Thus, the art does not teach how to accomplish the desirable goal of a rapid process for forming in an aqueous medium the graft copolymer of the composition discovered by Ilenda et al., and to maintain that graft polymer in particulate form during polymerization, solvent removal, and final isolation.

SUMMARY OF THE INVENTION

We have discovered a process for preparation of a segmented copolymer of a polyolefin and of a polymer comprised of greater than about 50 weight percent of units derived from at least one alkyl methacrylate, comprising:

a. preparing a reaction mixture of about 100 parts of particles of polyolefin of average particle size below about 6 mm. with

1. from about 150 to about 2000 parts of water;

2. from about 10 to about 100 parts of a monomer mixture which is greater than 50% by weight of at least one alkyl methacrylate;

3. from about 40 to about 200 parts of one or more organic solvents, miscible with the monomer mixture;

4. from about 0.2 to about 5 parts of at least one dispersant, the at least one dispersant maintaining the polyolefin particles in particulate form, at least one dispersant being chosen from polymers which are copolymers of units derived from (meth)acrylic esters and at least one of units derived from a partially or totally neutralized copolymerizable unsaturated acid, the dispersant polymer preferably being of high molecular weight, such as above 100,000 and more preferably above about 3,000,000, and preferably being buffered to a pH between about 4.5 to about 5.5, such as with sodium dihydrogen phosphate;

5. from about 0.1 to about 2 parts of at least one polymerization initiator;

b) polymerizing the monomer-solvent mixture in a pressure vessel with agitation at a heating rate of at least about 0.5 C./minute, preferably of at least 1 C./minute, until a temperature of at least about 75 C. is obtained;

c) holding the reaction mixture at the temperature of at least about 75 C. until the monomer is polymerized, the polymer being formed being at least partially grafted to the polyolefin to form the segmented copolymer, the segmented copolymer remaining in particulate form;

d) optionally further adding to the reaction vessel

1. from about 10 to about 70 parts of a second monomer mixture which is greater than 50% by weight of at least one alkyl methacrylate;

2. from about 5 to about 150 parts of organic solvent, miscible with the second monomer mixture;

3. up to about 1 part of at least one dispersant, the at least one dispersant maintaining the polyolefin particles in particulate form, at least one dispersant being chosen from polymers which are copolymers of units derived from (meth)acrylic esters and at least one of units derived from a partially or totally neutralized copolymerizable unsaturated acid;

4. from about 0.01 to about 2 parts of at least one polymerization initiator;

e) optionally continuing heating at the rate of at least about 0.5 C./minute, preferably of at least about 1 C./minute, until essentially complete conversion of the monomers to polymer occurs, the polymer being formed being at least partially grafted to the polyolefin to form the segmented copolymer, the segmented copolymer remaining in particulate form;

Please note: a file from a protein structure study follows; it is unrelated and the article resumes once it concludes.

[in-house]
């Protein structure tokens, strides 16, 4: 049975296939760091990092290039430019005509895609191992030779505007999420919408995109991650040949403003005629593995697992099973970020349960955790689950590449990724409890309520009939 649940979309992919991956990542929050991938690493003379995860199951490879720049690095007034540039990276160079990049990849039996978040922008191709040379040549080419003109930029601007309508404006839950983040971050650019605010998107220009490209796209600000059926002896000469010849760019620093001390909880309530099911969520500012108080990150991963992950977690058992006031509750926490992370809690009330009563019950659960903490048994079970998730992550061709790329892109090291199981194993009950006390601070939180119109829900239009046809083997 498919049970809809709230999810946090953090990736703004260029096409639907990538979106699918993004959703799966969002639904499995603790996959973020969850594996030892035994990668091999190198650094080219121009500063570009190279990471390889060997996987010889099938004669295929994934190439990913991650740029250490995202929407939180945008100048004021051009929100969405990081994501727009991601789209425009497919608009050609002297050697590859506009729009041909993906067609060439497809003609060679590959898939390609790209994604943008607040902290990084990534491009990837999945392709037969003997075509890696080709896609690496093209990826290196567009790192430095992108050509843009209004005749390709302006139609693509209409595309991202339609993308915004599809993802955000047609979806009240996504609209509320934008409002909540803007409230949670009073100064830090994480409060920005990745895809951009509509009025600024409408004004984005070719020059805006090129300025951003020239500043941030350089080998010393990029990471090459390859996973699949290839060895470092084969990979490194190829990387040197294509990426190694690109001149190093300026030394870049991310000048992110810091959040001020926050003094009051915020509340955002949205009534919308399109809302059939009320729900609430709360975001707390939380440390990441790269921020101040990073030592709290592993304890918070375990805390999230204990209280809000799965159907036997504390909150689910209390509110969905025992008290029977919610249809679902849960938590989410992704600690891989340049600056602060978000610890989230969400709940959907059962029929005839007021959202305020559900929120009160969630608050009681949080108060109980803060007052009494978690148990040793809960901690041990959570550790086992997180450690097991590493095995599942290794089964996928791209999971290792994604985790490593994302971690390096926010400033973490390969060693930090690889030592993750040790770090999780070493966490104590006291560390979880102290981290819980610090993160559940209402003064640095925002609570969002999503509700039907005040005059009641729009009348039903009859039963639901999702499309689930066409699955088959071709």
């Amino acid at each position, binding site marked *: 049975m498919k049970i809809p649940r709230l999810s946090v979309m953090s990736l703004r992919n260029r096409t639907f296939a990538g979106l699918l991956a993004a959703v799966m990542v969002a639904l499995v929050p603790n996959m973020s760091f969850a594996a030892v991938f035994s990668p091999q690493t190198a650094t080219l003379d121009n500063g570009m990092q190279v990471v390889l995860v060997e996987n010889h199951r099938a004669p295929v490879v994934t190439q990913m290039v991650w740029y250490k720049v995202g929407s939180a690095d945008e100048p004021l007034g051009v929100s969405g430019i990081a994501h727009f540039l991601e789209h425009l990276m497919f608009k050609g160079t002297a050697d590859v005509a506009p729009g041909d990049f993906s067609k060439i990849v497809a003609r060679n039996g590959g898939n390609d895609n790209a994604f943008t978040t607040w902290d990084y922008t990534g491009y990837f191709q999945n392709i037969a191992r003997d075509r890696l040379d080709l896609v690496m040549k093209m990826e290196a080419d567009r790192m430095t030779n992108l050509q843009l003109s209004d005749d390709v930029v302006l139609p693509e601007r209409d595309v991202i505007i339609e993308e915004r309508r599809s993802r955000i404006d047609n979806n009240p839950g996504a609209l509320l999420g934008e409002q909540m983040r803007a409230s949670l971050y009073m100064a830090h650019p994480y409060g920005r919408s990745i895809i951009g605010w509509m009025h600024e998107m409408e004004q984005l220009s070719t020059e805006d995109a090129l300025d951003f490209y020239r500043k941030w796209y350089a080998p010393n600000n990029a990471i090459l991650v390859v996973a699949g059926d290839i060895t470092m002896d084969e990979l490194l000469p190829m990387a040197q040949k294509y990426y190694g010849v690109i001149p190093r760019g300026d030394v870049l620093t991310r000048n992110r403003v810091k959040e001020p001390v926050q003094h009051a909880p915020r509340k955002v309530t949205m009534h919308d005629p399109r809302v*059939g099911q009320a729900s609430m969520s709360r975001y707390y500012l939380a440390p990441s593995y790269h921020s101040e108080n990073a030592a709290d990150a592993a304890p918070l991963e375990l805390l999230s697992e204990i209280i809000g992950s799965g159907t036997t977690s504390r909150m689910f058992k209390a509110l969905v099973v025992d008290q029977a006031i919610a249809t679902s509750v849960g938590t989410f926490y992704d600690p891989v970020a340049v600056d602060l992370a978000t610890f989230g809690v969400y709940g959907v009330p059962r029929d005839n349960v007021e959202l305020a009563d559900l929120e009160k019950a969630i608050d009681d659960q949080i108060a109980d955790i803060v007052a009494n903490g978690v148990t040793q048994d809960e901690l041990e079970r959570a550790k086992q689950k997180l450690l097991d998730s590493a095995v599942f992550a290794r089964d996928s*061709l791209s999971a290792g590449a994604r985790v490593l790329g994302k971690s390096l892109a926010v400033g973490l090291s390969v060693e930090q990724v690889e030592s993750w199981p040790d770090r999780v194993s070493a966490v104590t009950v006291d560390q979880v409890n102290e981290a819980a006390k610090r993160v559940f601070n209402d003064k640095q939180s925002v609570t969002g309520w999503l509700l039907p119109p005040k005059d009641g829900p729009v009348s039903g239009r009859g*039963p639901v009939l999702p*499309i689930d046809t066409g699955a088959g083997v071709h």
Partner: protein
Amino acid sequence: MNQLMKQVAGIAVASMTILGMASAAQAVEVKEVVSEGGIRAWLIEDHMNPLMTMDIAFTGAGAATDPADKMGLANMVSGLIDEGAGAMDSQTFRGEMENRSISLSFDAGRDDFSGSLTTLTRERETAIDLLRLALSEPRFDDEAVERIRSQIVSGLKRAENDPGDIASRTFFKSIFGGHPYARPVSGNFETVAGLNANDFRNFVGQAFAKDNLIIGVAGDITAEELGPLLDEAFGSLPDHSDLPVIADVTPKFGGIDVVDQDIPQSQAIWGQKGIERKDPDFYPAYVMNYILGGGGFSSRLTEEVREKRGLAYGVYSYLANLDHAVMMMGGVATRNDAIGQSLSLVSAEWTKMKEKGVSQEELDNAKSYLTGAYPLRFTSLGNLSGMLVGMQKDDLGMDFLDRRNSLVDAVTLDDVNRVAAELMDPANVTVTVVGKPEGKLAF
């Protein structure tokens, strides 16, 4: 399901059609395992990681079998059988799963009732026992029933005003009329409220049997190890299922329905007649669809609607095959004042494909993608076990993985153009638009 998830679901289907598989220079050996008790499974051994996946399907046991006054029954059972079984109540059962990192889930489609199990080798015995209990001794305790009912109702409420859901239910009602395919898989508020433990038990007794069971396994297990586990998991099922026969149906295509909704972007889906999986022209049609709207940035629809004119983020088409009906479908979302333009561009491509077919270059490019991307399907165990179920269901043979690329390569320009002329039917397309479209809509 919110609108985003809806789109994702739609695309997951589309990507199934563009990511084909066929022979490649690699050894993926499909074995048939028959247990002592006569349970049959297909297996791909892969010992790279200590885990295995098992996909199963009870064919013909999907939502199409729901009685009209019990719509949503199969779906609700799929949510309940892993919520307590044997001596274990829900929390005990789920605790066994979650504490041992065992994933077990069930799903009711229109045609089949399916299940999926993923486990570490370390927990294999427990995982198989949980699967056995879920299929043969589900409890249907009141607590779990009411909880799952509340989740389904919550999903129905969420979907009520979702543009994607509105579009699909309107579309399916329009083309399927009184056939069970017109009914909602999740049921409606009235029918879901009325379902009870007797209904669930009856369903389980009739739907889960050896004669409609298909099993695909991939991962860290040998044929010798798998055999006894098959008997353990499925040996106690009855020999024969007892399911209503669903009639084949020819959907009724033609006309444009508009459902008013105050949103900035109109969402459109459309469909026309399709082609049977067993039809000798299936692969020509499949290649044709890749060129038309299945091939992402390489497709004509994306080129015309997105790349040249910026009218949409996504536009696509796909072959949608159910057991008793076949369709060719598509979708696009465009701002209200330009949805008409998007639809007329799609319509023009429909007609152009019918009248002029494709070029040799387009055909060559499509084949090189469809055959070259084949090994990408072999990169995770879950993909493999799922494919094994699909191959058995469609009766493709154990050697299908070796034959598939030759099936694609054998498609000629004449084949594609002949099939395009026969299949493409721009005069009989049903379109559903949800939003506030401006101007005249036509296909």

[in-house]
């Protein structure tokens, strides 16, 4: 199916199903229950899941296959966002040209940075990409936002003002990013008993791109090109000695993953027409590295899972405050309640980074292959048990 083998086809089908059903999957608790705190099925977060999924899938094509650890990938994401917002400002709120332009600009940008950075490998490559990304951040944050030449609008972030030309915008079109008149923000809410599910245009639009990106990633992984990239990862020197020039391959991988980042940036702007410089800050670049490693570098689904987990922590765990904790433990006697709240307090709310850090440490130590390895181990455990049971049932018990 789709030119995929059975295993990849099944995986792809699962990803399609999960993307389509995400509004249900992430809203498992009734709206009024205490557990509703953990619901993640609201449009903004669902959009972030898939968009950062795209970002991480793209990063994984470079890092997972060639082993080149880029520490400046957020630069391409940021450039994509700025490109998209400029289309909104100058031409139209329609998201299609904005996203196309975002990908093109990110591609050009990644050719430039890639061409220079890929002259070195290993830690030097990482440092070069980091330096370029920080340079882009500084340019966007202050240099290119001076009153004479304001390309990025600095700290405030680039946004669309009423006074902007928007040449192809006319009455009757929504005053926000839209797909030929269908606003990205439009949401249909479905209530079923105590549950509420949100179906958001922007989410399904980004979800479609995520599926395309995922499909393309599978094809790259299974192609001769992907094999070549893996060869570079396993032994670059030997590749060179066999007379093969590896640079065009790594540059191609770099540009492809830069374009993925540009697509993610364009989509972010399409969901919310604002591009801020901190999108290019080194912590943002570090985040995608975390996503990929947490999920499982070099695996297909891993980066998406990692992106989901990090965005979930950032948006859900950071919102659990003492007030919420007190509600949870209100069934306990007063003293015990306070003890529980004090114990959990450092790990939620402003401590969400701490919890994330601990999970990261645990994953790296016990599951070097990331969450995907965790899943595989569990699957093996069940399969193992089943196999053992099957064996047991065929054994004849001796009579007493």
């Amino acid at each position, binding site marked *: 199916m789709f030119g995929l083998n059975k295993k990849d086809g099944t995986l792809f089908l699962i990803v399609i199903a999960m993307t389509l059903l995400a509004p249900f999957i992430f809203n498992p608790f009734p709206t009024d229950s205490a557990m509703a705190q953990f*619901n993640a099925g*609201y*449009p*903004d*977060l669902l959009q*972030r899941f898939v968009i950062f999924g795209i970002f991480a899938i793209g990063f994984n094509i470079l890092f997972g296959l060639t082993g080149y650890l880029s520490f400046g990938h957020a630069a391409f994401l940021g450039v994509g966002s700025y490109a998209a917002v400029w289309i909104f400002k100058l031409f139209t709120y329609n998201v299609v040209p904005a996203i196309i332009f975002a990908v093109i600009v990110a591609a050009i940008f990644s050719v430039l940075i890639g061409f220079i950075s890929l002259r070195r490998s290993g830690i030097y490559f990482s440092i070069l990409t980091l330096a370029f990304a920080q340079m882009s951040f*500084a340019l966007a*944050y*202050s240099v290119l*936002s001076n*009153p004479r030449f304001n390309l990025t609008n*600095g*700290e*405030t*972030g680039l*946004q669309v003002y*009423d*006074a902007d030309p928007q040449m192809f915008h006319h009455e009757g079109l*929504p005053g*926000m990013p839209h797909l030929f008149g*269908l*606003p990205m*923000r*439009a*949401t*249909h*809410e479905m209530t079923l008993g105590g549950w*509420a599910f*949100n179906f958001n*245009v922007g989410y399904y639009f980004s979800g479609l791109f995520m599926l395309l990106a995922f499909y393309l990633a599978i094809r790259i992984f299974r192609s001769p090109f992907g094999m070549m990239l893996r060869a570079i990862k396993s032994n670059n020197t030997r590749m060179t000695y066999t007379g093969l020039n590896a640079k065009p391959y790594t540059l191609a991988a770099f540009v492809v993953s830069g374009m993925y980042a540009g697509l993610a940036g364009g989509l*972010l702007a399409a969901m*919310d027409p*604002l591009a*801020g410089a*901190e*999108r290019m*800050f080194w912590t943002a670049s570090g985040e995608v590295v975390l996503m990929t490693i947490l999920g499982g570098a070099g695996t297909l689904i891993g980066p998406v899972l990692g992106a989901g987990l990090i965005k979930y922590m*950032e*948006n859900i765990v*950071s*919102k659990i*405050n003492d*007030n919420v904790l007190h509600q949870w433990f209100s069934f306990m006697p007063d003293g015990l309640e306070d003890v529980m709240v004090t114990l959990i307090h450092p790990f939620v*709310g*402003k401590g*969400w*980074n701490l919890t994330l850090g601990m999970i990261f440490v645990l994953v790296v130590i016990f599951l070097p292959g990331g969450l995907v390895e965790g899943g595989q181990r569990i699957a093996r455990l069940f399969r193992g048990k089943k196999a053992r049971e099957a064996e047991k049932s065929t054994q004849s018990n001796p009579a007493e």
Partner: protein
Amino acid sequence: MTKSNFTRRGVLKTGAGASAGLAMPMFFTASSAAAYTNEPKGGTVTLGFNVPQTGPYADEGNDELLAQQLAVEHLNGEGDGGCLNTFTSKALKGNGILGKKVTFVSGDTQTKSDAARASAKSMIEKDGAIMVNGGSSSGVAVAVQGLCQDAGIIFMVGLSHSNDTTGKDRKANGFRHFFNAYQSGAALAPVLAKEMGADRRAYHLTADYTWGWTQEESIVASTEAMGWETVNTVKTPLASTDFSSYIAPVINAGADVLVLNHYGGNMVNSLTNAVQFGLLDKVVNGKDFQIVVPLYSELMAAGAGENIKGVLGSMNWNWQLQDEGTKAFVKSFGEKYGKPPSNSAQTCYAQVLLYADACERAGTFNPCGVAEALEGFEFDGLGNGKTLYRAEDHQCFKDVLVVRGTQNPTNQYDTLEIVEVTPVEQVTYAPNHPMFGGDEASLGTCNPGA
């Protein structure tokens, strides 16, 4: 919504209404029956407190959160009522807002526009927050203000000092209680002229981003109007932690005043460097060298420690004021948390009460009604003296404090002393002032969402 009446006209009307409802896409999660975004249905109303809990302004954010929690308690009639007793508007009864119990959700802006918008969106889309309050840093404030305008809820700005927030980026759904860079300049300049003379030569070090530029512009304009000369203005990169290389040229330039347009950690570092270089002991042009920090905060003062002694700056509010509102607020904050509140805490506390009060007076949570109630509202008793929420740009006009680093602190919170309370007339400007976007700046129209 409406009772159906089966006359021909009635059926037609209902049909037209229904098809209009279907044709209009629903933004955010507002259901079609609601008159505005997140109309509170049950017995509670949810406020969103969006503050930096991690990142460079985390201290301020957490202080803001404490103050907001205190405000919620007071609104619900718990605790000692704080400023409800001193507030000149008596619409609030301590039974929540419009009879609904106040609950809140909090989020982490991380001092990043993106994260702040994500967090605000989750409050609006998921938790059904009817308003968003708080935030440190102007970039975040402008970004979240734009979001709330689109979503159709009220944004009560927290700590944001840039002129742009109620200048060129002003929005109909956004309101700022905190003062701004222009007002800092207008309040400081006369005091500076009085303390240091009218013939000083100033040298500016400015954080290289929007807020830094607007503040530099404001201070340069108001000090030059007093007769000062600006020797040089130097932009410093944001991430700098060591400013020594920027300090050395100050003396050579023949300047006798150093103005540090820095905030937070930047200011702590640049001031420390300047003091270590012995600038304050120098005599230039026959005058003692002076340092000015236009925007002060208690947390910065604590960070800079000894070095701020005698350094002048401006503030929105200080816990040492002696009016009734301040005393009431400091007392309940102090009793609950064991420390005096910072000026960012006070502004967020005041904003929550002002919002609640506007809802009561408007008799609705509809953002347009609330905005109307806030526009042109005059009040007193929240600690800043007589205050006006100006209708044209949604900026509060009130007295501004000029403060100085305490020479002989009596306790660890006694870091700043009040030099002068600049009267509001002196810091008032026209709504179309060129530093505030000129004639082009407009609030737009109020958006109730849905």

f) separating the solvent from the segmented copolymer particles; and

g) separating any remaining water from the particulate segmented copolymer particles.

The process is further useful for the preparation of segmented copolymers which segments of high molecular weight, such as wherein the polyolefin is a non-polar polyolefin selected from the group consisting of polyethylene, polypropylene, polybutylene, poly(4-methylpentene), copolymers of olefins with each other and copolymers of olefins with minor amounts of vinyl esters, vinyl chloride, (meth)acrylic ester and (meth)acrylic acid having a molecular-weight of from about 50,000 to about 1,000,000, and wherein the alkyl methacrylate polymer formed has a molecular weight of from about 20,000 to about 200,000.

The methacrylate polymer formed may contain up to about 50%, preferably up to about 20%, of units derived from at least one other methacrylate ester, an acrylate ester, an unsaturated copolymerizable acid, glycidyl methacrylate, or a vinyl aromatic monomer. Preferred co-monomers at about the 5% level are ethyl acrylate, butyl acrylate, glycidyl methacrylate, and (meth)acrylic acid. The units derived from the unsaturated copolymerizable acid may be at least partially converted to an ammonium, alkaline earth, alkali metal, or zinc salt prior to or during isolation.

The process is especially useful when the polyolefin is polypropylene, by which is meant polypropylene homopolymers, including both isotactic and syndiotactic polypropylene, and copolymers of polypropylene with other olefins, such as ethylene, which copolymers are non-rubbery, and especially when they are crystalline.

A preferred process, because of its ready adaptation to a variety of equipment and its ability reproducibily to produce segmented copolymers with good performance in modifying the sag properties of polypropylene, for preparing a segmented copolymer of

(i) a homopolymer of polypropylene or a copolymer which is mainly of units derived from polypropylene and of

(ii) a polymer comprised of at least 80% of units derived from methyl methacrylate, comprises

a. preparing a reaction mixture of about 100 parts of particles of polypropylene homopolymer or copolymer of average particle size below 6 mm. with

1. from about 300 to about 650 parts of water;

2. from about 35 to about 100 parts of a monomer mixture which is at least 80% by weight of methyl methacrylate;

3. from about 60 to about 100 parts of one or more organic solvents, miscible with the monomer mixture;

4. from about 0.2 to about 1 parts of at least one dispersant, the at least one dispersant maintaining the polyolefin particles in particulate form, at least one dispersant being chosen from polymers which are copolymers of units derived from (meth)acrylic esters and at least one of units derived from a partially or totally neutralized copolymerizable unsaturated acid;